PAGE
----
SEATTLE, WASHINGTON, June 8, 2012 (LifeSiteNews.com) – A newly developed prenatal test that allows doctors to diagnose some 3,500 genetic defects previously undetectable before birth has raised concerns that thousands of disabled children could now be targeted for abortion.
Researchers at the University of Washington were able to sequence the entire genome of an unborn baby using fetal and maternal DNA extracted from the mother’s blood and paternal DNA from the father’s saliva.
According to a report on the project published this month in Science Translational Medicine, the reconstructed prenatal genome was 98 percent accurate when compared with post-natal results in two separate pregnancies.
Dr. Jay Shendure, associate professor of genome sciences at the University of Washington, told Science Daily that the research had made it possible to diagnose a previously unheard of range of genetic disorders.
“This work opens up the possibility that we will be able to scan the whole genome of the fetus for more than 3,000 single-gene disorders through a single, non-invasive test,” he said. According to the news service, epilepsy, schizophrenia, and some cases of autism and intellectual impairments can all be potentially detected using this method.
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Current pre-natal testing for genetic disorders tests for only a limited number of more easily detectable genetic abnormalities, such as trisomy disorders that are caused by the presence of an additional chromosome.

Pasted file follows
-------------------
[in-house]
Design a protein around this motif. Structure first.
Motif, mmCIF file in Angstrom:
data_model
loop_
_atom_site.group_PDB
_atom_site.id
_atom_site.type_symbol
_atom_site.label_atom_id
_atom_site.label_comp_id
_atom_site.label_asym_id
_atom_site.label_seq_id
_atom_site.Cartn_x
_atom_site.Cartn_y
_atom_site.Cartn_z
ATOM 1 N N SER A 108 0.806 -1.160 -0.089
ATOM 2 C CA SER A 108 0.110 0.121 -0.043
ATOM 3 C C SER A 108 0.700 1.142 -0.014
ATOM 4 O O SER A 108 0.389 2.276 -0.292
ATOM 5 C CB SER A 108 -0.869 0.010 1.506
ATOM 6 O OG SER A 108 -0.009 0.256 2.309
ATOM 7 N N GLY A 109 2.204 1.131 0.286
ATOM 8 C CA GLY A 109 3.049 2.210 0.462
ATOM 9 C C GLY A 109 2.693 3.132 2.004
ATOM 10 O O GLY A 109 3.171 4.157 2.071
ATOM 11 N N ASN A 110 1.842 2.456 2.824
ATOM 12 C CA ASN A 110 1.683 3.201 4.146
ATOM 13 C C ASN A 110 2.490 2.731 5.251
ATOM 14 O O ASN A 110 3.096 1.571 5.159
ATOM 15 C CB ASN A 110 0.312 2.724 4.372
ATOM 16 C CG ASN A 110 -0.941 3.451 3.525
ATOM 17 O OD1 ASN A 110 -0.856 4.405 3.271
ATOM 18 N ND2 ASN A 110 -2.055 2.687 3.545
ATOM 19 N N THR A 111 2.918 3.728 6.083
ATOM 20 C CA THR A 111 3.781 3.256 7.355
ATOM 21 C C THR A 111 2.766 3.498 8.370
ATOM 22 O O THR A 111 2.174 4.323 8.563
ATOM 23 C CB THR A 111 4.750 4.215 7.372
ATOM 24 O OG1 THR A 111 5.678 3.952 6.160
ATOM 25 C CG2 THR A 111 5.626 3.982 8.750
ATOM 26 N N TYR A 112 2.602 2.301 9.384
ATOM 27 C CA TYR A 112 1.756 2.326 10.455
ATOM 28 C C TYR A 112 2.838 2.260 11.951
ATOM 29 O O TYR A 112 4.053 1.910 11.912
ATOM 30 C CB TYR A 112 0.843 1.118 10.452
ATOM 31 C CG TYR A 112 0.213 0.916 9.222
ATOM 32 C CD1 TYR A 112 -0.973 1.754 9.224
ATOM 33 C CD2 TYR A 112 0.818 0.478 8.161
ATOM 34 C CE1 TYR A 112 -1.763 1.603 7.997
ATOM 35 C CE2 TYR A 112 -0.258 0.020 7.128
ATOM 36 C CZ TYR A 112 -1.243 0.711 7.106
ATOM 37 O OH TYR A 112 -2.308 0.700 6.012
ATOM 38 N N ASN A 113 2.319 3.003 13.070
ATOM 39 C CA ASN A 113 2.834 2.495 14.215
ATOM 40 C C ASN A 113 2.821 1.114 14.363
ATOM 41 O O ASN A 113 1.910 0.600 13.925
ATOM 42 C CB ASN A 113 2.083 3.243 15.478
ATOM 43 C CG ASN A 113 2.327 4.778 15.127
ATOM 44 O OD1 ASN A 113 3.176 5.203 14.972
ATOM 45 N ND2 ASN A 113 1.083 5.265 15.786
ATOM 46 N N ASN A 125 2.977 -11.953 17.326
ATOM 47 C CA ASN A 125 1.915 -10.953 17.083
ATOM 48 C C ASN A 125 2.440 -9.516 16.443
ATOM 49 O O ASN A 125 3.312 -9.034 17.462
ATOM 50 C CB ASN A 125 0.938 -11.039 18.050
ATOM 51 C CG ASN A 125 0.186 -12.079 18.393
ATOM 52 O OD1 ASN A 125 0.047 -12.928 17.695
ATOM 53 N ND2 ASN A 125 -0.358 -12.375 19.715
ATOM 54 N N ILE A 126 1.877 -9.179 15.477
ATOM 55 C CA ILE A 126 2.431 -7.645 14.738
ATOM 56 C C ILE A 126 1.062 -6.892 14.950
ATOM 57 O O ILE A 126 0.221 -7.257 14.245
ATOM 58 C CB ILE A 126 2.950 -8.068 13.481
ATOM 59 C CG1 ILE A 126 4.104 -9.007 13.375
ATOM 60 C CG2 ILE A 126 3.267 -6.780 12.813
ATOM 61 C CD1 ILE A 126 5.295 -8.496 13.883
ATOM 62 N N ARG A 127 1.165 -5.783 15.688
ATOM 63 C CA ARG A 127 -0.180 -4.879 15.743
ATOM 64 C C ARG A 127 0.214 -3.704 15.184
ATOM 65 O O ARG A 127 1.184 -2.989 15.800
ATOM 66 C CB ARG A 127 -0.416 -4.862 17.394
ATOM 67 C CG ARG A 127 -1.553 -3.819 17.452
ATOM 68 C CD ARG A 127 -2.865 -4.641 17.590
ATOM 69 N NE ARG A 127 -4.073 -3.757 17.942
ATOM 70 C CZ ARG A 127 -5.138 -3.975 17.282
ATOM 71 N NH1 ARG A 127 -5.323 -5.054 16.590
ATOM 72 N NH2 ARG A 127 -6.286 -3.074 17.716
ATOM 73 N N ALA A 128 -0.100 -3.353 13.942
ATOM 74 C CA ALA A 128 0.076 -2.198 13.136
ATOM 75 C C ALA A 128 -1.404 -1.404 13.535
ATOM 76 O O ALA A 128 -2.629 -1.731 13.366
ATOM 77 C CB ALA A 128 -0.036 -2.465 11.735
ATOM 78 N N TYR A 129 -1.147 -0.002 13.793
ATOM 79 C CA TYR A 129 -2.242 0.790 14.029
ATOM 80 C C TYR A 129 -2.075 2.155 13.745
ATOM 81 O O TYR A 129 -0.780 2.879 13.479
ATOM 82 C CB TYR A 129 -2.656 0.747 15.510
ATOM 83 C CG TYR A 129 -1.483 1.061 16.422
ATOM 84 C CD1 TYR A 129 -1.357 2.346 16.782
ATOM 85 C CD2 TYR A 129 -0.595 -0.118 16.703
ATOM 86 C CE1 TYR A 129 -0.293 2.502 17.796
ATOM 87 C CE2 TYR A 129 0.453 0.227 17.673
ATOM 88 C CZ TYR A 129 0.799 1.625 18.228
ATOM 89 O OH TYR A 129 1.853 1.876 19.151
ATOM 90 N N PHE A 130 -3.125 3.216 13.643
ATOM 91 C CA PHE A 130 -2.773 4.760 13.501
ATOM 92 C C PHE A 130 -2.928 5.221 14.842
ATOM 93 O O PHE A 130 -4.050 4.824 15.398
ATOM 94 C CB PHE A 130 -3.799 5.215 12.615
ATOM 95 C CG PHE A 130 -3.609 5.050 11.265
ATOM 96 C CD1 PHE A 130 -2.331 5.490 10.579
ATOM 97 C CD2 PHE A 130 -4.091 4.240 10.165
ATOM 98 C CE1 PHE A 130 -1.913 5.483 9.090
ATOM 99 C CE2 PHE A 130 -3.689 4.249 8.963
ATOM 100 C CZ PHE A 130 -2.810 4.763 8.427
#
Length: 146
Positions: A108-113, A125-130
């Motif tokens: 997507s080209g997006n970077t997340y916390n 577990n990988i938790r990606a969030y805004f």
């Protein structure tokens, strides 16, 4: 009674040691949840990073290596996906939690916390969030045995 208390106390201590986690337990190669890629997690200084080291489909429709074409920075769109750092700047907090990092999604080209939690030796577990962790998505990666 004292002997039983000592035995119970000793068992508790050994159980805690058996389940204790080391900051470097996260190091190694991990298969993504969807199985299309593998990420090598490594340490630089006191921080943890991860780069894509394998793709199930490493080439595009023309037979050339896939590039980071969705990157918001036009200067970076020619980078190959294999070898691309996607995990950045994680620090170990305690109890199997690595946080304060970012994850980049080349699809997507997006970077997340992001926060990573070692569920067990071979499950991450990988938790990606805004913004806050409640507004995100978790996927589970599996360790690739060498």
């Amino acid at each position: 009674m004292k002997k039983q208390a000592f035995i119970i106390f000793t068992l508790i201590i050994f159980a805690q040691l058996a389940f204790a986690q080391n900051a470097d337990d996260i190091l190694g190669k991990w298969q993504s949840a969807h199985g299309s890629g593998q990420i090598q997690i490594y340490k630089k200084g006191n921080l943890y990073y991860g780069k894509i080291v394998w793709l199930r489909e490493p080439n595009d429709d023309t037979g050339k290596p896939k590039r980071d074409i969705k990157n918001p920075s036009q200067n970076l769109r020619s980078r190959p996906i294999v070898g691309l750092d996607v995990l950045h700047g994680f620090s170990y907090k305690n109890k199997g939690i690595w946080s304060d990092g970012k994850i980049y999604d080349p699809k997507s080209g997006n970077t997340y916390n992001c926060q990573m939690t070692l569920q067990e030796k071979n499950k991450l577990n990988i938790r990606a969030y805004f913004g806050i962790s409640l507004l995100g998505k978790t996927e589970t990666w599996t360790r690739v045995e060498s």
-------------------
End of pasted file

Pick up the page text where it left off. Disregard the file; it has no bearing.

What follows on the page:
Trisomy 21, or Down Syndrome, is one of the more common of these disorders, and has been at the center of the debate over pre-natal testing. Senator Rick Santorum, whose daughter, Bella, has Down Syndrome, was a vocal opponent of an ObamaCare provision funding prenatal testing for pregnant women. Santorum spoke out against the proposal during his bid for the Republican nomination, citing selective abortions as the reason for his opposition.
“Yes, prenatal testing, amniocentesis does in fact result more often than not in abortion. That is a fact,” Santorum told CBS News.
Multiple studies have found that there is a higher than 90 percent abortion rate in the U.S. for babies prenatally diagnosed with Down Syndrome. According to the International Down Syndrome Coalition for Life, about 50 percent of all Down Syndrome babies are believed to have lost their lives to abortion.
The organization reports that there was an 11 percent decrease in babies born with Down Syndrome between 1989 and 2006, when there should have been an estimated 42 percent increase.